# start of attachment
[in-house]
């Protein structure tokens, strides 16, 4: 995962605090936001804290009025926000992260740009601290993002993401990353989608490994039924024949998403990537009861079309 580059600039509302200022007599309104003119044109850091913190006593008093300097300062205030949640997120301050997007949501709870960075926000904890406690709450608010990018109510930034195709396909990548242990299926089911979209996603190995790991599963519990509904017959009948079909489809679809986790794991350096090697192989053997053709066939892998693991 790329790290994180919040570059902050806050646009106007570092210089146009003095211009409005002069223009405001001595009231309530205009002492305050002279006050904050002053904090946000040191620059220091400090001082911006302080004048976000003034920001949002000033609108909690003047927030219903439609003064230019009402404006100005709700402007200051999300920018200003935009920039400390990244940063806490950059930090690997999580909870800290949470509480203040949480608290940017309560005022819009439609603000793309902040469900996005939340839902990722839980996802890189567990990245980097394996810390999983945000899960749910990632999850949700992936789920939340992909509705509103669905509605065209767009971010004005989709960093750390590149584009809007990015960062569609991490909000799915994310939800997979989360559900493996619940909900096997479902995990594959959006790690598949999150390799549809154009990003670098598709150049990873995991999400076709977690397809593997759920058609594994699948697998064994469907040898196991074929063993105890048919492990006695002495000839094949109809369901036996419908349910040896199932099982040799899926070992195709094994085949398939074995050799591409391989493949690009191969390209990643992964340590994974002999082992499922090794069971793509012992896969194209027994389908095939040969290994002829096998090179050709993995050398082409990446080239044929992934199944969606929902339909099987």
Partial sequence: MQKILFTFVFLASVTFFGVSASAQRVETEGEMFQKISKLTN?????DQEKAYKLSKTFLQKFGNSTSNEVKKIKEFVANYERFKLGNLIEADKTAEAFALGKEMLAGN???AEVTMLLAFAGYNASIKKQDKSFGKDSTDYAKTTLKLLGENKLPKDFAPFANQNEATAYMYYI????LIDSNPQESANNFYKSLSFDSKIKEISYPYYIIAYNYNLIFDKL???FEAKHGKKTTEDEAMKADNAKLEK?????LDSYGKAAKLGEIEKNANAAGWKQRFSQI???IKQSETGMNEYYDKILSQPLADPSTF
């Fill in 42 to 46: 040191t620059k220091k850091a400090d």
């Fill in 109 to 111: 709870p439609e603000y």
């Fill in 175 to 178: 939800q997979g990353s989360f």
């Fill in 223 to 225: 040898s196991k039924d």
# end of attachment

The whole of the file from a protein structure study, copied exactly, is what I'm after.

[in-house]
């Protein structure tokens, strides 16, 4: 995962605090936001804290009025926000992260740009601290993002993401990353989608490994039924024949998403990537009861079309 580059600039509302200022007599309104003119044109850091913190006593008093300097300062205030949640997120301050997007949501709870960075926000904890406690709450608010990018109510930034195709396909990548242990299926089911979209996603190995790991599963519990509904017959009948079909489809679809986790794991350096090697192989053997053709066939892998693991 790329790290994180919040570059902050806050646009106007570092210089146009003095211009409005002069223009405001001595009231309530205009002492305050002279006050904050002053904090946000040191620059220091400090001082911006302080004048976000003034920001949002000033609108909690003047927030219903439609003064230019009402404006100005709700402007200051999300920018200003935009920039400390990244940063806490950059930090690997999580909870800290949470509480203040949480608290940017309560005022819009439609603000793309902040469900996005939340839902990722839980996802890189567990990245980097394996810390999983945000899960749910990632999850949700992936789920939340992909509705509103669905509605065209767009971010004005989709960093750390590149584009809007990015960062569609991490909000799915994310939800997979989360559900493996619940909900096997479902995990594959959006790690598949999150390799549809154009990003670098598709150049990873995991999400076709977690397809593997759920058609594994699948697998064994469907040898196991074929063993105890048919492990006695002495000839094949109809369901036996419908349910040896199932099982040799899926070992195709094994085949398939074995050799591409391989493949690009191969390209990643992964340590994974002999082992499922090794069971793509012992896969194209027994389908095939040969290994002829096998090179050709993995050398082409990446080239044929992934199944969606929902339909099987």
Partial sequence: MQKILFTFVFLASVTFFGVSASAQRVETEGEMFQKISKLTN?????DQEKAYKLSKTFLQKFGNSTSNEVKKIKEFVANYERFKLGNLIEADKTAEAFALGKEMLAGN???AEVTMLLAFAGYNASIKKQDKSFGKDSTDYAKTTLKLLGENKLPKDFAPFANQNEATAYMYYI????LIDSNPQESANNFYKSLSFDSKIKEISYPYYIIAYNYNLIFDKL???FEAKHGKKTTEDEAMKADNAKLEK?????LDSYGKAAKLGEIEKNANAAGWKQRFSQI???IKQSETGMNEYYDKILSQPLADPSTF
């Fill in 42 to 46: 040191t620059k220091k850091a400090d």
């Fill in 109 to 111: 709870p439609e603000y």
């Fill in 175 to 178: 939800q997979g990353s989360f």
């Fill in 223 to 225: 040898s196991k039924d």